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Mar 1, 2018

Non-profit or Social Enterprise: Why it Matters

Sponsored Content provided by Diane Durance - Director, UNCW Center for Innovation and Entrepreneurship

This Insights article was contributed by Katrina M. Harrell, President of KM Harrell Group.

There is no denying that entrepreneurs are change agents in the world.

We are able to identify opportunities amid challenges and are nearly always willing to take the risk of embarking on a journey often unpaved.

Regardless of whether you are interested in solving community, social-level problems or addressing a gap in the marketplace with a product or service, nonprofit leaders and entrepreneurs share the aforementioned traits, though they have a different methods and end goals.

This similarity, however, also brings up an increasingly significant challenge: nonprofits are tasked with finding innovative ways to sustain their organizations while managing board and community expectations, all in an increasingly competitive funding space.

That said, a social enterprise can be either nonprofit or for-profit, as both are simply tax and legal structures. A social enterprise simply denotes that your business - whether it retains a profit or not - offers a solution to a social issue through its products or services.

So, social entrepreneurship is rising as a solution to the challenges nonprofit organizations (NPOs) face, while also inspiring traditional for-profit entrepreneurs to utilize their products and services as a means to both impact community social issues and satisfy profit goals without needing to become a nonprofit organization.

But, how does an entrepreneur decide if their idea should be structured as a nonprofit or as a for-profit with a social enterprise focus?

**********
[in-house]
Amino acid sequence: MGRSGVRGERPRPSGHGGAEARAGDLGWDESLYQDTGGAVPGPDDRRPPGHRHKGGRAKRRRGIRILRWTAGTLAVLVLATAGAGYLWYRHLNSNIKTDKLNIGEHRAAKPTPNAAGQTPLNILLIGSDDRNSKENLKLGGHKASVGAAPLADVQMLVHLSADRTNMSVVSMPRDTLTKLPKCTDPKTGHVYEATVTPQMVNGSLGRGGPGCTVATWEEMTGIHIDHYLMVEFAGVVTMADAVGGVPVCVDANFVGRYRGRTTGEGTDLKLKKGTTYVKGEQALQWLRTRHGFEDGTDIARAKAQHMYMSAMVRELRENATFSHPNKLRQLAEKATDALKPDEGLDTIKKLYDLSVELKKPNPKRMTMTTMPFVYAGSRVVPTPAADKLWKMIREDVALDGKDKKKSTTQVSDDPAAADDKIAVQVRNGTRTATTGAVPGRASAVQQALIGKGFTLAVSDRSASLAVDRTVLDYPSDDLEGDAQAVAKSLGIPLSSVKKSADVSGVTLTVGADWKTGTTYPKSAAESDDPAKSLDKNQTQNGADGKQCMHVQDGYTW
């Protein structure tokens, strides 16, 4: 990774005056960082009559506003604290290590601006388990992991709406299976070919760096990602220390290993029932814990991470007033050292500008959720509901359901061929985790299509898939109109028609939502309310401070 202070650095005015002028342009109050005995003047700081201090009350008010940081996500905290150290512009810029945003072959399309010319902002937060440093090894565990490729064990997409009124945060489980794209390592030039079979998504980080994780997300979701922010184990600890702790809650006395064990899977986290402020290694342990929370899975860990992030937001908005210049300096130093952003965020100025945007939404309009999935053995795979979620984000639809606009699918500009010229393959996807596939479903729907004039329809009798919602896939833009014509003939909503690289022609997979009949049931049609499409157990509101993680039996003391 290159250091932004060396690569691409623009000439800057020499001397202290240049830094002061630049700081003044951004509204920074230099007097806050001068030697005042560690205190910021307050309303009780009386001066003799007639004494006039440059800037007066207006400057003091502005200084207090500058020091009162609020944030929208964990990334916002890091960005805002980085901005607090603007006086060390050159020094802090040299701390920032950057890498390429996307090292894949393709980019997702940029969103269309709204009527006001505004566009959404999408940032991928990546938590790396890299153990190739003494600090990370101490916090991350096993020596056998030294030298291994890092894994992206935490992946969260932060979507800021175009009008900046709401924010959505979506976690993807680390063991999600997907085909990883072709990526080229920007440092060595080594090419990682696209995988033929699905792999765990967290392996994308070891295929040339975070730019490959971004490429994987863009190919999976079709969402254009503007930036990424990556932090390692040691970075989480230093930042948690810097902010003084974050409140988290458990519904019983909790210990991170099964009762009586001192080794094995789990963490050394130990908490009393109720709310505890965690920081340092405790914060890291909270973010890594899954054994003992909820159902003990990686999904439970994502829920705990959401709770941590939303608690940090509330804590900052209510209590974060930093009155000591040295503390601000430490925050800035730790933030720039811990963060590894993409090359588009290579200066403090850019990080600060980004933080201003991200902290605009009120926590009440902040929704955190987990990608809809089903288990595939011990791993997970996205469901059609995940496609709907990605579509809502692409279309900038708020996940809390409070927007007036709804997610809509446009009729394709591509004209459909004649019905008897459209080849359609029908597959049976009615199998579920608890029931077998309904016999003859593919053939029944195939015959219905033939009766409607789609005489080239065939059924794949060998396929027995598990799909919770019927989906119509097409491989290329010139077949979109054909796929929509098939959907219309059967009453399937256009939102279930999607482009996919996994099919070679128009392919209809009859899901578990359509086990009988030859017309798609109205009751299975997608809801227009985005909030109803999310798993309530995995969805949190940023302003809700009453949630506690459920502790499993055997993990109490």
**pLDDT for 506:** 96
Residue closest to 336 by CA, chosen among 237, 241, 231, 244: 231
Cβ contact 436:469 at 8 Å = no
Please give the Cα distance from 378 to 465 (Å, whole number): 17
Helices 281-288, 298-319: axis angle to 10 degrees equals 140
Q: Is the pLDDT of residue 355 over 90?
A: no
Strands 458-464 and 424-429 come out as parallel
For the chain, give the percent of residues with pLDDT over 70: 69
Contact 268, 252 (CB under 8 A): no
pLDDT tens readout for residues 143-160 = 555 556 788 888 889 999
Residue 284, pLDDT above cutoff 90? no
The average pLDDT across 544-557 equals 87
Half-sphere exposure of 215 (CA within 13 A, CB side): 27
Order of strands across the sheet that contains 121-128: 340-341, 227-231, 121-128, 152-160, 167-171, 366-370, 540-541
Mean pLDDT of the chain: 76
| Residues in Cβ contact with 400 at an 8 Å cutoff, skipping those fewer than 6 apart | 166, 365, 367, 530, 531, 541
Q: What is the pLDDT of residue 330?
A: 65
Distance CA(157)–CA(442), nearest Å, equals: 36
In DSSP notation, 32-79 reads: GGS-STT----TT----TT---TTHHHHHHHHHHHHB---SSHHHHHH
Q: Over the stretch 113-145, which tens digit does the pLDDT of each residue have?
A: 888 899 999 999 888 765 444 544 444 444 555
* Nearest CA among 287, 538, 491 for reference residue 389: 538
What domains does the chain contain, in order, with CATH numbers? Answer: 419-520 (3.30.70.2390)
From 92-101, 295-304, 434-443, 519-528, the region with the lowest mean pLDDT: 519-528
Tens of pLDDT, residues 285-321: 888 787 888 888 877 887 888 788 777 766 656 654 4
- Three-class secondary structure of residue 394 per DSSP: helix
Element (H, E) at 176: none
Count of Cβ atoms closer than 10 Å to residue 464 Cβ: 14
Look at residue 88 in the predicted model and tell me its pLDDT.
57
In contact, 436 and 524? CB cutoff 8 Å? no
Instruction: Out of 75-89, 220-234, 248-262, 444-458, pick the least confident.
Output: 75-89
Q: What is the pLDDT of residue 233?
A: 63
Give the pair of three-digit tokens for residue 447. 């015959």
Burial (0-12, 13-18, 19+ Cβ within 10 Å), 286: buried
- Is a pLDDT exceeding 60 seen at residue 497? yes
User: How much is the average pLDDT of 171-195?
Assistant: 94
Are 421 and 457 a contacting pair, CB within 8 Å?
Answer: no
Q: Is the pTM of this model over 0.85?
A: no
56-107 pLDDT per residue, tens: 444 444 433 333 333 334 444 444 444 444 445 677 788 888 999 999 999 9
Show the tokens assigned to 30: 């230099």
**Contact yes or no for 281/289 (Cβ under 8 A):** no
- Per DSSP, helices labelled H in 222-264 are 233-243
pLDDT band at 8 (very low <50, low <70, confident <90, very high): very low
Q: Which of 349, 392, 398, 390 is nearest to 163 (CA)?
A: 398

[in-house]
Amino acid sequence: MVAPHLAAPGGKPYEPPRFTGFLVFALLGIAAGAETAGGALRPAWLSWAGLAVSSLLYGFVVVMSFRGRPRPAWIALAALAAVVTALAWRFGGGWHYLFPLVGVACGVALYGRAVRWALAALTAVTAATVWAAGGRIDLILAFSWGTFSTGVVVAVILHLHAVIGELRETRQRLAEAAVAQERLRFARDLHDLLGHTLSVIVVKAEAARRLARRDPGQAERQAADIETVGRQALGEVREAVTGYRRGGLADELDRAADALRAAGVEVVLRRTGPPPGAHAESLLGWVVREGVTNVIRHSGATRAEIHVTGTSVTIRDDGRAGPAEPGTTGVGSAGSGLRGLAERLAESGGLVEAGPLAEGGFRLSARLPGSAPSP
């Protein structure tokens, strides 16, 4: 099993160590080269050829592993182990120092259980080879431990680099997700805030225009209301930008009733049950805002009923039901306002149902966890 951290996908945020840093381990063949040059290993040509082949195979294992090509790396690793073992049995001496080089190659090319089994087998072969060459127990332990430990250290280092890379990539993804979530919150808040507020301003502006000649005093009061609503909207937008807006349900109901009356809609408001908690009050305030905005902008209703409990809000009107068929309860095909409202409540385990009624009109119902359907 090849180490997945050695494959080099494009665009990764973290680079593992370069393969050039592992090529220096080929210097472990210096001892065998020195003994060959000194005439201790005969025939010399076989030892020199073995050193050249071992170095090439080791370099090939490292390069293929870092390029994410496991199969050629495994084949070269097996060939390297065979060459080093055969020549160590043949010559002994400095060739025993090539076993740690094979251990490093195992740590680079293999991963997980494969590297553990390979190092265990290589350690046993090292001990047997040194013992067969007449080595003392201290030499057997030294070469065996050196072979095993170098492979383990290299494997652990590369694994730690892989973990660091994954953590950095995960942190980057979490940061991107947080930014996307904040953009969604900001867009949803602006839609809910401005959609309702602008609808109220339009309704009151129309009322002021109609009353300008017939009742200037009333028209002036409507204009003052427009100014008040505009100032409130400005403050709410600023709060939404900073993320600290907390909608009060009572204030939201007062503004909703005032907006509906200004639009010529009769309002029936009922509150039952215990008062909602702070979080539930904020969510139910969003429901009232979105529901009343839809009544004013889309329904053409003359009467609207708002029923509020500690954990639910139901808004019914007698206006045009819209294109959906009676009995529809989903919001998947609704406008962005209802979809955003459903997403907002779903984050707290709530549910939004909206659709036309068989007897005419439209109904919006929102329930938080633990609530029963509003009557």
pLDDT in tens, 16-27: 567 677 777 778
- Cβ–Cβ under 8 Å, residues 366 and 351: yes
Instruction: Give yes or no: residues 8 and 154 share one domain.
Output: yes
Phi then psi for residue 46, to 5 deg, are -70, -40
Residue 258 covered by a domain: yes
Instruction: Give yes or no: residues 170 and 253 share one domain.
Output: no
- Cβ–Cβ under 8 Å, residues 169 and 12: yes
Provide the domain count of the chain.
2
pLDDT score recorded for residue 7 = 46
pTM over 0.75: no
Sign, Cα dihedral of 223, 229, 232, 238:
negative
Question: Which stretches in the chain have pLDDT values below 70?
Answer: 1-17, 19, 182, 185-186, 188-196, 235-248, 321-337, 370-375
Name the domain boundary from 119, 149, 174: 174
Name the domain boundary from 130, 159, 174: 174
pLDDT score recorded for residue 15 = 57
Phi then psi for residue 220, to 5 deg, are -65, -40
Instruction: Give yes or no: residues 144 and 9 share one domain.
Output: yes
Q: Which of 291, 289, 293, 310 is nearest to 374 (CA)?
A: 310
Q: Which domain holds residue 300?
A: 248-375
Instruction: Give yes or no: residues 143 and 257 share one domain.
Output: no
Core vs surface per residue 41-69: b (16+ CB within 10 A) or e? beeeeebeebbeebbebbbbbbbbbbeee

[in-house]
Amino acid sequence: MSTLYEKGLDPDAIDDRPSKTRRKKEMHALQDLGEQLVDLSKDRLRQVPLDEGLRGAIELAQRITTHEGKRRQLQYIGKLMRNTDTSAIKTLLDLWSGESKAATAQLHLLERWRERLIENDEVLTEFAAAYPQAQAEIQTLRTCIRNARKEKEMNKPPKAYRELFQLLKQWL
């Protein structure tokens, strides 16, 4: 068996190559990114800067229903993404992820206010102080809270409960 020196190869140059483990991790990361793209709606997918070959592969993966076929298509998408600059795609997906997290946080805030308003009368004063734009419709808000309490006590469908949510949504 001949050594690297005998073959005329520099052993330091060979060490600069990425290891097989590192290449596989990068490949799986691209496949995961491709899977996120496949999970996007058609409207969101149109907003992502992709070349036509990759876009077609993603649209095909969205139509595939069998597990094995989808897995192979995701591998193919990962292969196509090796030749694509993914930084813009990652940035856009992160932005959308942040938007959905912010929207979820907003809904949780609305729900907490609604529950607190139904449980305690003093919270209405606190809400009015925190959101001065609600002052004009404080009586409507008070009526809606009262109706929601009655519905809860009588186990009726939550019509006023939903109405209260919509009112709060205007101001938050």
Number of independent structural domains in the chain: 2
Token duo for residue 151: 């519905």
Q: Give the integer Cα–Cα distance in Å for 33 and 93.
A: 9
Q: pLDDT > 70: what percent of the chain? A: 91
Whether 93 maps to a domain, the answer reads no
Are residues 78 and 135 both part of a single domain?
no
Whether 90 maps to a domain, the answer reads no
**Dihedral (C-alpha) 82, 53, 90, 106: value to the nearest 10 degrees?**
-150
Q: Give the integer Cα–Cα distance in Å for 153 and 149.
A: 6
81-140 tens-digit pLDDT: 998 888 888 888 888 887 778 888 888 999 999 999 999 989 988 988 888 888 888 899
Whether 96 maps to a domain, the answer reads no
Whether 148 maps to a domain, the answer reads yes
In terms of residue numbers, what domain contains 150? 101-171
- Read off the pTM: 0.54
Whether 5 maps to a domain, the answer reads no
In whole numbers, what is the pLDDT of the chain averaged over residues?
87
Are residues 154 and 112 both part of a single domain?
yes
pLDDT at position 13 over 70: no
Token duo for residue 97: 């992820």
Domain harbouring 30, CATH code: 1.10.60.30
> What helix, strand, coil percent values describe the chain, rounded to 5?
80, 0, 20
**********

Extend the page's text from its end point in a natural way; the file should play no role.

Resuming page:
Here are three important initial questions to ask yourself.


What is your motivation for creating this solution?

In other words, do you simply want to create a solution to a social problem for the benefit of others and not reap any personal financial benefit from it?

Years ago, I worked for a large NPO in New York funded largely by a billionaire investment banker. His motivations were purely to create impact for his social issue, not to be personally sustained by it.

Because the organization had a sole funder, it has been able to effectively and sustainably focus on its social issue.


Can you effectively mobilize (and pay) a team to help you deliver this service?

It goes without question that nonprofit organizations are typically known for paying staff on “passion” salaries and relying on very lean staffing, while requiring the type of expertise that also comes with higher salary requirements.

As you decide, ask yourself if executing this idea would mean mobilizing a skill set for which you can’t avoid paying competitive salaries. Volunteers are wonderful lifelines to many organizations, but in many cases, volunteers have the option to stop when they want.

If you cannot pay, and funding sources will take more time than you may have patience for, consider becoming a for-profit organization with a social impact mission. This allows you to create a competitive product or service that meets a marketplace demand and hire effective staff to carry it out while still solving a social problem.


What are all the funding or revenue opportunities available for this idea?

You may have a solution to a social problem and sure, there may be grants and many fun fundraising opportunities available, but many funders want NPOs to demonstrate they can actually operate and generate revenue like a traditional for-profit business.

That said, can you make more money selling your product in the marketplace, make a profit and decide how to spend your profit on a social level?

I shared a panel with Half United co-founder Carmin Black, where she revealed that her for-profit social enterprise sells their jewelry for profit and shares a portion of the revenue with charitable organizations.

Doing so allows her business partner and her to maintain control of their business, goals, and how profits are spent. They can decide, at their own discretion, how to expand their impact and not be limited by relying on grants and fundraisers.

Katrina M. Harrell is President of KM Harrell Group, a business development and strategy firm focusing on helping CEOs and entrepreneurs balance impact and profit. She is also co-founder of The Launch Project, which helps early-stage entrepreneurs develop profitable business models.

Diane Durance, MPA, is director of UNC Wilmington's Center for Innovation and Entrepreneurship (CIE). The CIE is a resource for the start-up and early-stage business community to help diversify the local economy with innovative solutions. For more information, visit www.uncw.edu/cie.
 

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